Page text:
VRX Silica explores the impending shortage of silica sand, the need for responsible sourcing, and why the company’s three multi-decade silica sand projects in Western Australia are a part of the global supply solution.
Global stocks of silica sand are being exhausted much faster than they are being discovered, and if shoring up the supply of the world’s second-most used commodity after water is not already front of mind for investors, governments, and regulators around the world, it will be.
As the primary ingredient for all glass and concrete, silica sand is the foundational ingredient of the modern city. The UN estimates that the world currently uses 50 billion tonnes – or enough sand to build a wall 27m wide and 27m high around the planet – every year.
There is already a global supply squeeze on silica sand and, as populations within the developing world continue to rapidly urbanise, the demand is forecast to grow significantly year on year. As supply sources dwindle, miners are increasingly sourcing silica sand from vulnerable ecosystems and waterways.
There are well-documented environmental impacts of silica sand mining in marine and riverine systems leading to erosion, salination of aquifers, loss of protection against storm surges, and impacts on biodiversity. These threaten livelihoods through negative impacts on water supply, food production, fisheries, and tourism.
The impacts of sand mining have been so devastating that, in many Asian countries, including in parts of China and India, sand mining has been outlawed in rivers and lakes.
VRX Silica’s potential to produce the world’s silica
VRX Silica Limited’s (ASX: VRX) three significant silica sand projects located in the Tier 1 mining destination of Western Australia (WA) – Arrowsmith North, Arrowsmith Central, and Muchea – have the potential to supply responsibly sourced, high-grade silica sand for more than 100 years.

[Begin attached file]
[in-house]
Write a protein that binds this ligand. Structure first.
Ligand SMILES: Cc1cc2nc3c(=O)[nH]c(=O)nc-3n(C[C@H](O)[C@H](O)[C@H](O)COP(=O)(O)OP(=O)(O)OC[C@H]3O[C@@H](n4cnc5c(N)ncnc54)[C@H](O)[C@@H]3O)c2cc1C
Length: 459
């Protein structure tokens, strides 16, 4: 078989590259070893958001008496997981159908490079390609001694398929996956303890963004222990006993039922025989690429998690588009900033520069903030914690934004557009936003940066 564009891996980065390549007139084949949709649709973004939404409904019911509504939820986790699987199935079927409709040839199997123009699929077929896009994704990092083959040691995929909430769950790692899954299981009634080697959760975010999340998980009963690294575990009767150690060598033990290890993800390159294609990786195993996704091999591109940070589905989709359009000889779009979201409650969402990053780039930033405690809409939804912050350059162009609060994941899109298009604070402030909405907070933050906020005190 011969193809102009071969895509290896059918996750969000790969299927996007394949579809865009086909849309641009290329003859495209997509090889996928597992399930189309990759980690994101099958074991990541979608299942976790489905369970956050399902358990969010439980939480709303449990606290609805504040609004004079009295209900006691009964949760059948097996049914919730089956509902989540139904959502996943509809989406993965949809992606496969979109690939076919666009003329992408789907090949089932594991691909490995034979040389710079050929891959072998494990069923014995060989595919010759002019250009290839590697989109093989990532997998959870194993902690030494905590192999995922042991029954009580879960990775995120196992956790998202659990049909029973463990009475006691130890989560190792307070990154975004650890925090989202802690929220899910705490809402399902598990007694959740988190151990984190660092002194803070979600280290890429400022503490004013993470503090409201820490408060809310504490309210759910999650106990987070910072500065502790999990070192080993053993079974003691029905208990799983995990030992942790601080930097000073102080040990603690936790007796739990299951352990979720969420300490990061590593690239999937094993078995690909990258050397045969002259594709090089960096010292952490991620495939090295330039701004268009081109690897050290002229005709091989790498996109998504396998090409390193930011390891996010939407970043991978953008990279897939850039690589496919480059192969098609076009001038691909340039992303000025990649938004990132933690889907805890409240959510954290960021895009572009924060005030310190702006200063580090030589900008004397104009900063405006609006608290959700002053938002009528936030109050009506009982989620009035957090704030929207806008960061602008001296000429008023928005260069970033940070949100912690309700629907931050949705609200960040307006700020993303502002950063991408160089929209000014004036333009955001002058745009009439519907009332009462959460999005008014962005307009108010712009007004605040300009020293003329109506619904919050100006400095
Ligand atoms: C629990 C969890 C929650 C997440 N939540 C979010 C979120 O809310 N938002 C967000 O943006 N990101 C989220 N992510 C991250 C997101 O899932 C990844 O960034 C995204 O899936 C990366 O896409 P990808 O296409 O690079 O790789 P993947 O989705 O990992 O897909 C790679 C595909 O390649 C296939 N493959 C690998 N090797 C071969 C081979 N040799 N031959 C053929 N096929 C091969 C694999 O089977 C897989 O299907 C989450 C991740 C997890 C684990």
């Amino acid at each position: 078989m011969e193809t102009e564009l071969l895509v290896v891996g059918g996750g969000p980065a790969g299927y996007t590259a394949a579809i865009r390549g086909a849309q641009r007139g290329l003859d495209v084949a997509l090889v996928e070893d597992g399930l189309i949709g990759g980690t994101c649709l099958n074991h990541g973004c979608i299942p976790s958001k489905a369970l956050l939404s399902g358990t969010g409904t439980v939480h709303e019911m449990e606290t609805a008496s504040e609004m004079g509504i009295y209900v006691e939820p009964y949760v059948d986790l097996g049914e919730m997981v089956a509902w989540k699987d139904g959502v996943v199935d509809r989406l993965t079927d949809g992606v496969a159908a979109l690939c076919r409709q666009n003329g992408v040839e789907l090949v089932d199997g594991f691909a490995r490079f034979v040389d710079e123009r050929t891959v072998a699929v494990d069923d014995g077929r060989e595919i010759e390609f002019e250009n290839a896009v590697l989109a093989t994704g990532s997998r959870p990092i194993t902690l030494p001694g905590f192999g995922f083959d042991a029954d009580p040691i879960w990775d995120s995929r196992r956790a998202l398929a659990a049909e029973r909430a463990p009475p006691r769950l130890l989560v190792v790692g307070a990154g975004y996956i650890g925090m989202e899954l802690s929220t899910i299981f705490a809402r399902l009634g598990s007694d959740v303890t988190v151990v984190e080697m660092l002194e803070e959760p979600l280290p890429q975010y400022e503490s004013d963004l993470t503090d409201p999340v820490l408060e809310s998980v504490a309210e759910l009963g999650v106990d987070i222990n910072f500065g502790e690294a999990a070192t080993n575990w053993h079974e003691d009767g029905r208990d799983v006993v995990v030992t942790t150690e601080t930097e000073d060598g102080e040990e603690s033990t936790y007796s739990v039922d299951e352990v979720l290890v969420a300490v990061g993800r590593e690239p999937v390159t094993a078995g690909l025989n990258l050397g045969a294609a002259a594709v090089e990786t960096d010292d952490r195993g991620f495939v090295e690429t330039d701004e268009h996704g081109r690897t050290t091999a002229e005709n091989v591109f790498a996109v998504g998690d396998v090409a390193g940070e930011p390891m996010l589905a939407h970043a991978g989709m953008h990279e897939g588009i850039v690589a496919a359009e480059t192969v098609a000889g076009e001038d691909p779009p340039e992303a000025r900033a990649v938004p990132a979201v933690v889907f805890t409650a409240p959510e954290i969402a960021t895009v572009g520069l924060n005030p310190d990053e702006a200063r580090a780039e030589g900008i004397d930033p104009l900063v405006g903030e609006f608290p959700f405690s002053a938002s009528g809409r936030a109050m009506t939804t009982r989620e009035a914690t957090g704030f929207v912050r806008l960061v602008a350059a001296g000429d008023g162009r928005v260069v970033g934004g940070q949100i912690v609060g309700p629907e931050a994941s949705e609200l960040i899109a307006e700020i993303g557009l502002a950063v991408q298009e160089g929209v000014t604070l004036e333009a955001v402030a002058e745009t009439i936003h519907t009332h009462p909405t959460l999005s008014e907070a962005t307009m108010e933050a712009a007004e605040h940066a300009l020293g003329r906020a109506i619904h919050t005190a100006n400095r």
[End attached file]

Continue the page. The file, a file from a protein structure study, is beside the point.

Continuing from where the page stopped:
The company’s silica sand deposits sit on granted Mining Leases with secure tenure and a combined Mineral Resource of more than 1 billion tonnes of 99.6%-99.9% SiO2 grade silica sand. Bankable feasibility studies evaluations show that the three projects all have an initial mine life of 25 years of economic production.
Bruce Maluish, Managing Director of VRX Silica, believes the company will play an important role in providing responsibly sourced silica sand to meet current and future demand.
Mr Maluish stated: “Global silica sand supplies are running out. Once in production, VRX Silica’s three responsibly sourced silica sand projects will be a part of the long-term solution.
“The rapid urbanisation of the global population means that enormous volumes of sand are required per year to keep up with current demand.
“With the global population expected to reach 9.7 billion people and urbanisation levels set to hit 68% by 2050, the demand for silica sand will only increase.”
Concrete and glass for construction projects are not the only uses for silica sand. It also has a crucial role to play in the global decarbonisation effort. High purity silica sand with a low iron content is needed for the high-tech glass used in solar panels and smart screen technology. The increased uptake of solar panels in the Asia-Pacific region is expected to drive exponential growth in demand for ultra-clear glass over the coming decades.
Mr Maluish explained that there is a perfect opportunity for Western Australia to establish a new industry, just 50km from the Perth CBD at its Muchea project.
“Muchea is near Perth’s northeast corridor, with the newly completed $1.2bn NorthLink WA infrastructure project connecting to a large, qualified workforce in the northern metropolitan region of Perth, and a secure domestic gas supply underpinning downstream processing and products from Muchea silica sand,” he said.
Not all sand is equal
Not all sand can be used for glass and concrete. It is the shape of the crushed quartz crystals that make silica sand essential for concrete. The jagged edges of the grains allow it to bond when mixed in concrete. This means much of the world’s desert sands have no use in concrete.